Glucose-tolerance and insulin-tolerance tests. Studies were performed as described (28). For several days before each study, mice were accustomed to handling. Glucose-tolerance testing preceded insulin-tolerance testing by at least 1 week. Both were performed following an overnight fast, accounting for the lower fasting glucose levels (seen in Figure 8a) as compared with those (seen in Figure 2) which followed a 4-hour fast. Mice received an intraperitoneal injection of 10% D-glucose (1 g/kg body weight) for glucose-tolerance testing, and an intraperitoneal injection of human regular insulin (Eli Lilly and Co., Indianapolis, Indiana, USA) at a dose of 0.75 U/kg body weight for insulin-tolerance testing. Tail vein blood (5–10 μl) was assayed for glucose at 0, 30, 60, and 120 minutes.

Enhanced glucose tolerance and insulin responsiveness in PPARα-deficient miFigure 8

Enhanced glucose tolerance and insulin responsiveness in PPARα-deficient mice. Mice were started on a Western diet at the age of 8 weeks and studied 4 weeks later. (a) Animals were injected with 1 g D-glucose/kg body weight, then tail-vein blood glucose was assayed at various times. AP = 0.0003 vs. PPARα–/–apoE–/–; BP = 0.0162 vs. PPARα–/–apoE–/–; n = 5 for each genotype. (b) Mice were injected with 0.75 U insulin/kg body weight, then tail vein blood was obtained. PPARα+/+apoE-/- animals are represented by filled symbols and PPARα-/-apoE-/- by open symbols. AP = 0.0124 vs. PPARα–/–apoE–/–; BP = 0.0435 vs. PPARα–/–apoE–/–; n = 8 for each genotype.

Serum values in PPARα+/+apoE–/– mice (filled bars) and PPARα–/–apoE–/– littFigure 2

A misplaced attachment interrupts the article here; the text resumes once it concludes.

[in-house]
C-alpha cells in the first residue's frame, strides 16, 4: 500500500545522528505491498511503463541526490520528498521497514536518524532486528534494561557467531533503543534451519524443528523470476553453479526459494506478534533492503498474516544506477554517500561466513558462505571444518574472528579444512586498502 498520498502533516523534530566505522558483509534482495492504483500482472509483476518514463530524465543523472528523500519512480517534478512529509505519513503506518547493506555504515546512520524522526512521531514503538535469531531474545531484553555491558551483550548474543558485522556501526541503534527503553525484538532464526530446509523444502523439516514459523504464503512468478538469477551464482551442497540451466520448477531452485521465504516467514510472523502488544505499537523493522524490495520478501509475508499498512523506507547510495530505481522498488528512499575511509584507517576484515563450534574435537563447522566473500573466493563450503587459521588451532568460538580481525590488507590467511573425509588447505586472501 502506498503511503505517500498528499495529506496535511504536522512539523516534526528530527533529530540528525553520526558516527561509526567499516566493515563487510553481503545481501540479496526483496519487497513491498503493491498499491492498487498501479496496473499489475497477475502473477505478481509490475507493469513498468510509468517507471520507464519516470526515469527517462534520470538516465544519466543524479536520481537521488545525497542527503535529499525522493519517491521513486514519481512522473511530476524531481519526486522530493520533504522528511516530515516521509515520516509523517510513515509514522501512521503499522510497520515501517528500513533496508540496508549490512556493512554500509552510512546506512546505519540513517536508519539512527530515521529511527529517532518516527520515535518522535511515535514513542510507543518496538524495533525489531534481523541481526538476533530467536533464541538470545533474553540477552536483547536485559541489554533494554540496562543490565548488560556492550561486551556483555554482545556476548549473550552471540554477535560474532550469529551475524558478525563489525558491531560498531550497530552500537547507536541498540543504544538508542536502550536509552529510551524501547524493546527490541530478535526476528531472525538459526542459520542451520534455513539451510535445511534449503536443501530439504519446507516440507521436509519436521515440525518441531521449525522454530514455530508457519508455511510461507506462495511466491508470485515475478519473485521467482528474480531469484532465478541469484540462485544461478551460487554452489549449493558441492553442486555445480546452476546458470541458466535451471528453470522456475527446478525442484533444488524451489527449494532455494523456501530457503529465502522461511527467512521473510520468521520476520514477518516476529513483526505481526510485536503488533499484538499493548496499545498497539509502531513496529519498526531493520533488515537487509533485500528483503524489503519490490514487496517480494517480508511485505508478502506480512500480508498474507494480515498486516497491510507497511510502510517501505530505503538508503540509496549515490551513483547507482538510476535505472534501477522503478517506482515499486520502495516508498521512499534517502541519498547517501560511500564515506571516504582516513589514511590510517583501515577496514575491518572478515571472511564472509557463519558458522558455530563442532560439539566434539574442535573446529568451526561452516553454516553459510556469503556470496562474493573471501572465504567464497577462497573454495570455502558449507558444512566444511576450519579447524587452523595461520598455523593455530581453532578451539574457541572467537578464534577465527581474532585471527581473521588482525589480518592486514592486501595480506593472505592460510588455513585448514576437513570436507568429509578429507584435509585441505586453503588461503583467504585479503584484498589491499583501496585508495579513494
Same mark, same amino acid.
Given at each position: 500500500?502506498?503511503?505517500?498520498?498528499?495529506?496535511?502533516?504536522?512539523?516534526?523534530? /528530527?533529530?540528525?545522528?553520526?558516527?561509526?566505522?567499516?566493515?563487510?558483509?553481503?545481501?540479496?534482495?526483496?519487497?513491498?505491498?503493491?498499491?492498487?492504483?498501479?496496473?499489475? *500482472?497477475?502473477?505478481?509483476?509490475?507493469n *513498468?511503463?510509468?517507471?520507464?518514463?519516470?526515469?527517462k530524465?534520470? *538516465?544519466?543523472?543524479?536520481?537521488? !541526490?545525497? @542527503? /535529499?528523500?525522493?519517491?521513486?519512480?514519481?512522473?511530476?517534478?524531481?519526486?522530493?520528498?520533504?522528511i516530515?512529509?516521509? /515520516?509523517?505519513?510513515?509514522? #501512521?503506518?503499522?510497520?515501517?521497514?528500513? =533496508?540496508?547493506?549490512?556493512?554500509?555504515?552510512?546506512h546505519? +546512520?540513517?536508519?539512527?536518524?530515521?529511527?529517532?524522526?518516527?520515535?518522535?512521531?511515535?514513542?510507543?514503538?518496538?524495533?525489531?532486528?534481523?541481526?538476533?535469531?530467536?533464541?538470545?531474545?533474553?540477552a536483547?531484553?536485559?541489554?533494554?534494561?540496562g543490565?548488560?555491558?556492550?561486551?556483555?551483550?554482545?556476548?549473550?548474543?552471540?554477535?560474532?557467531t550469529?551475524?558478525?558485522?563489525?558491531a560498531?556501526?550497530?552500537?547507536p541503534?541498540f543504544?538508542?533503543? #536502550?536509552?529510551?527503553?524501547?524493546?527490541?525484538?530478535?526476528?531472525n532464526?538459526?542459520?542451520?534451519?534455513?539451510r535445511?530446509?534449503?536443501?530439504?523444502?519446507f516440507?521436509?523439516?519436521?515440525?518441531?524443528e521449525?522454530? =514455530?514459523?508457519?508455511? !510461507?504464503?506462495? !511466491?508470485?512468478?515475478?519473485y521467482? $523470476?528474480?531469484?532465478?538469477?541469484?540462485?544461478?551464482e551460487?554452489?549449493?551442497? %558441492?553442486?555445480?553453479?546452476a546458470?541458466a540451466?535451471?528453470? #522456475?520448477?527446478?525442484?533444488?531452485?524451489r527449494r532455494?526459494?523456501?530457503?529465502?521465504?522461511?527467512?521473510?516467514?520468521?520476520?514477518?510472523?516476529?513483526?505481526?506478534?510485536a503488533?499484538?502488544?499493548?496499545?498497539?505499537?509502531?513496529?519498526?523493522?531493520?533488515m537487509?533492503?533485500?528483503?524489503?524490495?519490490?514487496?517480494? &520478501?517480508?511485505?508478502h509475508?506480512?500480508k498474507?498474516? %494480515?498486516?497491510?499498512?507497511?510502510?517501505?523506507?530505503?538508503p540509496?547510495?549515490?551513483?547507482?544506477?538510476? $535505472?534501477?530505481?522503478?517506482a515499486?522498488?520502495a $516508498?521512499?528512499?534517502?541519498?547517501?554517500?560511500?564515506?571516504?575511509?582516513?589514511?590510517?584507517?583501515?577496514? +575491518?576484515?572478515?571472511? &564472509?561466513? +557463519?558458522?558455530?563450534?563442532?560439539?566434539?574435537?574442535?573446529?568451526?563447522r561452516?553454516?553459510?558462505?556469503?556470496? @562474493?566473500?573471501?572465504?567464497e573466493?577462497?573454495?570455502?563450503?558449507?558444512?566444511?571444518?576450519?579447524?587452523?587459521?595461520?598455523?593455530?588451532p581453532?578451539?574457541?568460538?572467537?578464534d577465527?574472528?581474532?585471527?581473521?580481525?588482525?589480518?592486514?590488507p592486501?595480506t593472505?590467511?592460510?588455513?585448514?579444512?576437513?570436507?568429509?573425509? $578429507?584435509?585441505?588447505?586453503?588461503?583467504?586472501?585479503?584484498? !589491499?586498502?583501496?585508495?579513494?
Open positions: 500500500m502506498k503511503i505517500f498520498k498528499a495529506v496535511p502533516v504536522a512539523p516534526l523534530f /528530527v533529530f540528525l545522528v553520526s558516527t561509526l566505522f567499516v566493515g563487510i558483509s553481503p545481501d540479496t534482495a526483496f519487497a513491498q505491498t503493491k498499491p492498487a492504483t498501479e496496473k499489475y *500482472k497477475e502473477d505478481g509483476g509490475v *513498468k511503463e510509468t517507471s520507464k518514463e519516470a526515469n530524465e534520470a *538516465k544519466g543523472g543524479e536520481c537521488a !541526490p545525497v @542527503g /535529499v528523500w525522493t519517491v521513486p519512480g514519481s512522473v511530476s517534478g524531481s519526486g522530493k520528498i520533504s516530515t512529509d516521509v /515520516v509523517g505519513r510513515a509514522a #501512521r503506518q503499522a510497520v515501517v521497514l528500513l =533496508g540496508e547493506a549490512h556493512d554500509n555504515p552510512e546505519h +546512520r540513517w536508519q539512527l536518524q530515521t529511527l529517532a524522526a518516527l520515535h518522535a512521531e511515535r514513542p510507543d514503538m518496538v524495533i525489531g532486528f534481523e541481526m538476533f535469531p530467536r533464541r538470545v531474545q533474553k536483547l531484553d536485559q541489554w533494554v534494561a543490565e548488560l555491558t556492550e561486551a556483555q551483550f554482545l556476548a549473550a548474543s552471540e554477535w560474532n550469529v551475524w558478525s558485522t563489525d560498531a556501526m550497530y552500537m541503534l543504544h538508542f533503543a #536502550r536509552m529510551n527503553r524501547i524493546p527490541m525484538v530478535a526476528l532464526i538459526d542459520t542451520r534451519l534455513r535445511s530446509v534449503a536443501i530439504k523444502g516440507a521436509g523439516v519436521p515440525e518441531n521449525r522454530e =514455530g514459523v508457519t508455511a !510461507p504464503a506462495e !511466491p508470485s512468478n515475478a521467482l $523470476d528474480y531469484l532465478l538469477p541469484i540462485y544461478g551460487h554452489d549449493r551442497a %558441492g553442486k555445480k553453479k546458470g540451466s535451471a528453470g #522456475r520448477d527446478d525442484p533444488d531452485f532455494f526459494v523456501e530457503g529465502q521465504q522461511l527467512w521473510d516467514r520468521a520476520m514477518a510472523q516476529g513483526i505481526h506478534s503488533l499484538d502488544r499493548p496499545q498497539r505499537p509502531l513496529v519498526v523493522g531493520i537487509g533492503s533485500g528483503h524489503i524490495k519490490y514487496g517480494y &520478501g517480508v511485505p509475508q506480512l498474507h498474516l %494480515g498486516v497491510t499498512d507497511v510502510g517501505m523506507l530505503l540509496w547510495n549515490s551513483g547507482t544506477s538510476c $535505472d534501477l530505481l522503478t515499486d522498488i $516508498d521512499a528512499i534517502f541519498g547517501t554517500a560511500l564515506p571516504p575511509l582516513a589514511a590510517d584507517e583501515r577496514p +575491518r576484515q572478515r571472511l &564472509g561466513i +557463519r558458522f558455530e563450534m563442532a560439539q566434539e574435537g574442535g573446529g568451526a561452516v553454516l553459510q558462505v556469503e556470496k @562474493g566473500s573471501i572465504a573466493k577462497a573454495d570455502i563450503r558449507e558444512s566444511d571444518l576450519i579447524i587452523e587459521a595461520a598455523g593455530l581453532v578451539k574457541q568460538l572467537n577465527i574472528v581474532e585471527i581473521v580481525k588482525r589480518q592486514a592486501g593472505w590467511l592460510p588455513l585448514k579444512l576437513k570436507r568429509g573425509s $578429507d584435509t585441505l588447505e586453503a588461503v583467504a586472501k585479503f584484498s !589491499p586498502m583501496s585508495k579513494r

Serum values in PPARα+/+apoE–/– mice (filled bars) and PPARα–/–apoE–/– littermates (open bars) after a 4-hour fast. Serum was obtained in animals at the age of 8 weeks on a chow diet (week 0). Mice were started on a Western-type diet containing 0.15% cholesterol and providing 42% calories as fat, then blood drawing was repeated at weeks 3, 6, and 10. Samples were assayed for triglycerides (a), cholesterol (b), glucose (c), and NEFA (d) the same day of sample collection. Bars, mean ± SEM for 27–57 mice measured in eight separate experiments over 18 months. AP < 0.01 with exact P values for several comparisons given in the text.

Hyperinsulinemic clamp. Clamp experiments were performed exactly as described previously (29). After placement of a double-lumen catheter, 3-[3H]glucose was administered as a priming dose followed by an infusion of 0.04 μCi/minute for a 1-hour control period. Tail vein glucose specific activity was determined at 45, 52, and 60 minutes to verify steady-state conditions. An insulin infusion (regular human; Eli Lilly and Co.) was started with an infusion of dextrose (25%) that was varied to maintain the blood glucose at 120 mg/dl for at least 90 minutes of the experimental period. 3-[3H]glucose infusion was maintained, and 3-[3H]glucose was added to the 25% dextrose infusion to approximate the glucose specific activity in the blood at the end of the control period. Specific activity in blood samples was determined 10, 20, and 30 minutes before and at the end of the experimental period. The glucose infusion rate was stable for at least 30 minutes before the first specific-activity determination. Both blood glucose and glucose specific activity were at steady state during these sampling periods. The rate of appearance of glucose (Ra), which is equal to glucose utilization (Rd) at steady state, was determined by dividing the infusion rate of labeled glucose by the specific activity at the same time. Endogenous glucose production was determined by subtracting the unlabeled glucose infusion rate from Ra.